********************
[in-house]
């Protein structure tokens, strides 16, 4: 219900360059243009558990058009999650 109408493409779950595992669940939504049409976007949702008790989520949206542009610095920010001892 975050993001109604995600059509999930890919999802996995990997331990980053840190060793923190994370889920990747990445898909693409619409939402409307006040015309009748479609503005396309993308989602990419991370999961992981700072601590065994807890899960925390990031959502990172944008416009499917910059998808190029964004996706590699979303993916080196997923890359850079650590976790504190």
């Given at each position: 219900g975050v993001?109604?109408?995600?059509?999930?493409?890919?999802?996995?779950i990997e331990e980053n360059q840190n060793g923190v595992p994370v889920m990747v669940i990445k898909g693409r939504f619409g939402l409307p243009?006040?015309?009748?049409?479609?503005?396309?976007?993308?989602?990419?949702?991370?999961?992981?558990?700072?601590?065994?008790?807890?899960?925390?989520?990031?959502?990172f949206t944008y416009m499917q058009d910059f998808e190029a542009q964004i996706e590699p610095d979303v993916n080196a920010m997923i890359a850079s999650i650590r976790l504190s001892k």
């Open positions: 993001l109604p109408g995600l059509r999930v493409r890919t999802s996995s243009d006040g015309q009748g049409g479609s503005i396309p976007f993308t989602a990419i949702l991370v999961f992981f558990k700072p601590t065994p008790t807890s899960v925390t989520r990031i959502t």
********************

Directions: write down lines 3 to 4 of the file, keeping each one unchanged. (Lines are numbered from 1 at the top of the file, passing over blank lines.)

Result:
């Given at each position: 219900g975050v993001?109604?109408?995600?059509?999930?493409?890919?999802?996995?779950i990997e331990e980053n360059q840190n060793g923190v595992p994370v889920m990747v669940i990445k898909g693409r939504f619409g939402l409307p243009?006040?015309?009748?049409?479609?503005?396309?976007?993308?989602?990419?949702?991370?999961?992981?558990?700072?601590?065994?008790?807890?899960?925390?989520?990031?959502?990172f949206t944008y416009m499917q058009d910059f998808e190029a542009q964004i996706e590699p610095d979303v993916n080196a920010m997923i890359a850079s999650i650590r976790l504190s001892k």
């Open positions: 993001l109604p109408g995600l059509r999930v493409r890919t999802s996995s243009d006040g015309q009748g049409g479609s503005i396309p976007f993308t989602a990419i949702l991370v999961f992981f558990k700072p601590t065994p008790t807890s899960v925390t989520r990031i959502t």